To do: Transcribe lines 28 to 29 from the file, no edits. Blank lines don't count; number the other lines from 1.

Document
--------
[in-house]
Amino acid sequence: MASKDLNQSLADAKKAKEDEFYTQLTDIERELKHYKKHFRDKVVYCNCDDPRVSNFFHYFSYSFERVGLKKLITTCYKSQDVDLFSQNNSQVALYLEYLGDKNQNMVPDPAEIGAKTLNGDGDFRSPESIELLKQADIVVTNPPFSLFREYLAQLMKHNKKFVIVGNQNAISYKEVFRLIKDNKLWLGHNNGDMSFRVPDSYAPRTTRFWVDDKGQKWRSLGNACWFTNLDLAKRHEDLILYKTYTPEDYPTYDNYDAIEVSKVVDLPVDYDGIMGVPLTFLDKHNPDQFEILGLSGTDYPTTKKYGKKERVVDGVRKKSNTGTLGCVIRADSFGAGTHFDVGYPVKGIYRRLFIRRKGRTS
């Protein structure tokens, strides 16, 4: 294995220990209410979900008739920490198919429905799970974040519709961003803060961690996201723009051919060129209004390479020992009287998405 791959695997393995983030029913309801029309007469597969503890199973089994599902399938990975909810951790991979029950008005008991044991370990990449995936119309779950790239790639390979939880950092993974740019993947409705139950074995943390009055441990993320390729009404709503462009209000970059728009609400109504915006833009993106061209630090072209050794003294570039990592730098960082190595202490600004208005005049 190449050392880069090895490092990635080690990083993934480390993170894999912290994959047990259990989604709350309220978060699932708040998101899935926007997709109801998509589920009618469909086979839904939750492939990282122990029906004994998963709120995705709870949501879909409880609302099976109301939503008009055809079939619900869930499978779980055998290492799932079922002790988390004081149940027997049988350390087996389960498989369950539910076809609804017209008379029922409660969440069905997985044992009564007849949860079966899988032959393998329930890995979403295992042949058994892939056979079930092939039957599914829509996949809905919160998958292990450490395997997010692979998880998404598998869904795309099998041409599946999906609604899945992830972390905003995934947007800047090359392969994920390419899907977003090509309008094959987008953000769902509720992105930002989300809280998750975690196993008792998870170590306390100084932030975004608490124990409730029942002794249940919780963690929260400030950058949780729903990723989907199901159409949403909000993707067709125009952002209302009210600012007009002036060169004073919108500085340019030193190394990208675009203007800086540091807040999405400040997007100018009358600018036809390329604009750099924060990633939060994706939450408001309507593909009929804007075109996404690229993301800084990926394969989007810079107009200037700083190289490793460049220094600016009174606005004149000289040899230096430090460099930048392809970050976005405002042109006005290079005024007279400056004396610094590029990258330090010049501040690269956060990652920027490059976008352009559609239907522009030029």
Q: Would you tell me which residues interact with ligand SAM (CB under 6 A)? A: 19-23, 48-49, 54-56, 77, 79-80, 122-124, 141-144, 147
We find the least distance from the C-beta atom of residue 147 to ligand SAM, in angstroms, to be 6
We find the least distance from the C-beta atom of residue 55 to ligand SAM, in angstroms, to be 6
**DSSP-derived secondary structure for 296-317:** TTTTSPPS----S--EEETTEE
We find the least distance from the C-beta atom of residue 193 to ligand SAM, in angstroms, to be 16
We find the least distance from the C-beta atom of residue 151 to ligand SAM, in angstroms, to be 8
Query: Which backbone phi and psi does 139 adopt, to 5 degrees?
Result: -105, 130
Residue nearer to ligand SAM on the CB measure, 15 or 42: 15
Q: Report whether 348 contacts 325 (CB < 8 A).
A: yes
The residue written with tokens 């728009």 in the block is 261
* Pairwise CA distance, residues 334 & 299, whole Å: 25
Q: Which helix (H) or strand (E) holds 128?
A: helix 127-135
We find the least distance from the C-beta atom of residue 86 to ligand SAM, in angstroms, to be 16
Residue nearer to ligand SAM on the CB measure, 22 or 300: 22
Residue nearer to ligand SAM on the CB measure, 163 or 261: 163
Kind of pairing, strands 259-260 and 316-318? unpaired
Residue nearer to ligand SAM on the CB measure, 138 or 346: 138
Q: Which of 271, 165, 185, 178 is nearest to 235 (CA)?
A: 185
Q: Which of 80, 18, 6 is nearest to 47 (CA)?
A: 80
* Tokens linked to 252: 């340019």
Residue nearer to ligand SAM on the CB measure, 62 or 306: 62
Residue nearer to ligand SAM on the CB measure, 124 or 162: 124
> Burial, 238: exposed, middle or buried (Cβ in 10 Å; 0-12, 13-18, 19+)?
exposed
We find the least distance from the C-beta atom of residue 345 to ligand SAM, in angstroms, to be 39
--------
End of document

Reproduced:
* Tokens linked to 252: 């340019």
Residue nearer to ligand SAM on the CB measure, 62 or 306: 62